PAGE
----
Mountain gorillas are Endangered and a conservation dependent species. Because of their closely matched DNA with humans, mountain gorillas are susceptible to a wide range of human diseases, including measles, scabies, tuberculosis, common flu, and other respiratory diseases. First time exposure to an illness or virus that is relatively innocuous to humans can devastate an entire ape population. This is because they haven’t developed the necessary immunity yet.
Respiratory illness is the second major cause of deaths among Mountain gorillas according to Dr. Benard Jasper Ssebide, Country Head Veterinarian, Gorilla Doctors. Dr. Benard reveals that ten years ago, infectious diseases were very rare among mountain gorillas. Unfortunately, they are increasingly common today. Could it be due to the increased exposure to human beings? Research indicates about 60% of the 1063 mountain gorillas in the wild are habituated for tourism. This is a significant portion of the mountain gorilla population exposed to humans daily.
In the past, captive western lowland gorillas in zoos contracted COVID-19 from asymptomatic keepers, first at San Diego Zoo Safari Park – https://www.theguardian.com/us-news/2021/jan/11/gorillas-san-diego-zoo-coronavirus and most recently at Zoo Atlanta-https://www.theguardian.com/us-news/2021/sep/11/gorillas-coronavirus-covid-atlanta-zoo. While there isn’t any case of COVID-19 registered among mountain gorillas yet, the infection of lowland gorillas provides evidence that gorillas and other great apes can and do contract the novel corona virus disease.
“Infectious diseases like COVID-19 pose one of the greatest threats to mountain gorillas which share 98.4 per cent of our DNA. As mountain gorilla tourism picks up again after the pandemic-related halt, it’s critical that visiting or potential tourists receive optimal support and knowledge to uphold best practices in visiting the great apes to ensure safety of the endangered species while having the best times of their lives,” Says Wellard Makambo, Acting Director, International Gorilla Conservation Programme.
With Mountain gorilla population growing at 4% per year and tourism steadily re-opening to tourists in the region amidst the prevalent COVID-19 pandemic there is need to emphasise and reinforce gorilla friendly practices, including strict adherence to gorilla visitation rules and regulations to protect the Endangered apes and ensure their continued survival.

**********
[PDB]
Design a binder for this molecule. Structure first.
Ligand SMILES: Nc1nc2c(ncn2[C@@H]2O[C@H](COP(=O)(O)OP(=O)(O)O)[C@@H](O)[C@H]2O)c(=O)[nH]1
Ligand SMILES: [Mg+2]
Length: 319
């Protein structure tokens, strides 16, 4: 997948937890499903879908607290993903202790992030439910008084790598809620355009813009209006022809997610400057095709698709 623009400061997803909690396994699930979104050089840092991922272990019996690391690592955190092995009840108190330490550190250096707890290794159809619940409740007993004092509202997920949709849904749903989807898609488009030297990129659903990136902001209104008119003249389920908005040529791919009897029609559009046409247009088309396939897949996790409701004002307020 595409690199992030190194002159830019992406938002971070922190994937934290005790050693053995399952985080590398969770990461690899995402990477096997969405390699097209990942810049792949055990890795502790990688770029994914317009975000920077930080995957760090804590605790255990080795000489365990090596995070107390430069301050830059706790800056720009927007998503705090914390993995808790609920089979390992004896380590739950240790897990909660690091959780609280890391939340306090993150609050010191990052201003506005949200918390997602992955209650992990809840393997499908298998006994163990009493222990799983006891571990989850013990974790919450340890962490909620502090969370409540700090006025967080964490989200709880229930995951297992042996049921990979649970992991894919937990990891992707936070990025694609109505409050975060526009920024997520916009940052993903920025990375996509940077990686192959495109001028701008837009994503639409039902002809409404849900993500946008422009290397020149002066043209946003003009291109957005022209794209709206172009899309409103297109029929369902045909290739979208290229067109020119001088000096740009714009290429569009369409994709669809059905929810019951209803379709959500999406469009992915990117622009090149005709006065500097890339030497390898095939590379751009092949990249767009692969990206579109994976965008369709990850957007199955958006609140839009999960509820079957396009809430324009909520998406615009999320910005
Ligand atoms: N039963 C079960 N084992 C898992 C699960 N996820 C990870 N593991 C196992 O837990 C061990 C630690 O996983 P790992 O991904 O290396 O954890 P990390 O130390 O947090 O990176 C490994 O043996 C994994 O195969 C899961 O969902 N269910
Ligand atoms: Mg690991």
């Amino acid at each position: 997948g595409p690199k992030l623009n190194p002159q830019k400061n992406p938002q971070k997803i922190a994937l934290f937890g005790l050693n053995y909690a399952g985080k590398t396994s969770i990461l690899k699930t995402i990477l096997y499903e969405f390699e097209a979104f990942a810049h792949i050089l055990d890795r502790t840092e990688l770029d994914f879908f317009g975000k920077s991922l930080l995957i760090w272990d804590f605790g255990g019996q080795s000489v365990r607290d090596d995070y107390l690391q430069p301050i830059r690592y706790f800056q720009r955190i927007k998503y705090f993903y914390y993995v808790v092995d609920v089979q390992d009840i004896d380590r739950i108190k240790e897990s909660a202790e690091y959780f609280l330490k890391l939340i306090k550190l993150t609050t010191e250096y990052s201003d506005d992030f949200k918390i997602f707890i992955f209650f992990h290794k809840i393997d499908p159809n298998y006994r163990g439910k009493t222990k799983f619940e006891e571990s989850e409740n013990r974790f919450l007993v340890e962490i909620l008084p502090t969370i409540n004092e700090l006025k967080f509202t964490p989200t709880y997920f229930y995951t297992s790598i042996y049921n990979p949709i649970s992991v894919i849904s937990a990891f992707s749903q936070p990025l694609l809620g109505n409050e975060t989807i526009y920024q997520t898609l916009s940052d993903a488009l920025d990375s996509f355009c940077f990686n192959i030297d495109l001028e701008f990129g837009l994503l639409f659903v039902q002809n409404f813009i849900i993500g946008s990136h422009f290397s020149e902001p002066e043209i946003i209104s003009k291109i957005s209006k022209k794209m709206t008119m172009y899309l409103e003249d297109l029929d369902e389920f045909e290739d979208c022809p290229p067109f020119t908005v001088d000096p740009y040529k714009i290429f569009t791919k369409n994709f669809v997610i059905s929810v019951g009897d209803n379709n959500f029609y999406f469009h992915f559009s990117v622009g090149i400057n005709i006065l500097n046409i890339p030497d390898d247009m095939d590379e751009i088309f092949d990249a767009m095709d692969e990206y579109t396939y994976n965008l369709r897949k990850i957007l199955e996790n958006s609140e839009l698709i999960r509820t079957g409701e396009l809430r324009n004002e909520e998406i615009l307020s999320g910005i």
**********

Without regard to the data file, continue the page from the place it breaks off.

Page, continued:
Explaining why it matters for mountain gorilla conservation, Dr. Benard says “the population of mountain gorillas is so low. Unlike other species, mountain gorillas have not yet reached their carrying capacity, so every individual life is important for the welfare and sustainability of the whole population.”
According to Tolbert et al. (2018) gorilla tourism generates significant revenue that fund park protection and management, and provides livelihood opportunities for communities adjacent to park boundaries
As we celebrate World Gorilla Day 2021, it is important to reflect on the continued safety and protection of these Endangered gentle giants, their economic value and contribution to the countries where they are found and to the park surrounding communities as well as the various tourism value chain players.
To sustain these benefits mountain gorilla tourism must be conducted in a responsible and sustainable manner. Range State Governments and park managers should reinforce the IUCN great ape visitation rules during treks while the rest of us pledge to observe the visitation rules and to support the park in securing the future for mountain gorillas. Taking the Gorilla FriendlyTM Pledge is a first step to ensuring this!
The Gorilla Friendly™ Pledge is an on-line awareness raising campaign aimed at encouraging all those planning to visit the mountain gorillas (and even those who are not!) to pledge to observe gorilla tourism rules during treks and to share their trekking experience after the visit through the Gorilla Friendly™ Pledge website https://gorillafriendly.org/pledge/
Sharing feedback on tracking visits provides the park with information that guides management decisions and helps the park to improve on practice over time.
“If we all take the Gorilla FriendlyTM pledge we shall be able to protect the mountain gorillas better. There’s no better time than now during this pandemic period. Do not contribute to their loss. Play your part, be a responsible tourist” says Nelson Guma, the Chief Park Warden of Bwindi Mgahinga Conservation Area.
Observing a safe distance (10 metres), wearing and disposing of masks properly during treks and refraining from visiting mountain gorillas when one feels ill or has been exposed to an infectious disease are amongst the gorilla visitation rules that can help minimise the risk of disease transmission and give the gorillas another chance to live and thrive.
If we want to conserve mountain gorillas for generations and sustain the conservation successes already registered including increase in their population and down listing of the species from Critically Endangered to Endangered by the IUCN, then responsible tourism must be at the centre of our conservation efforts.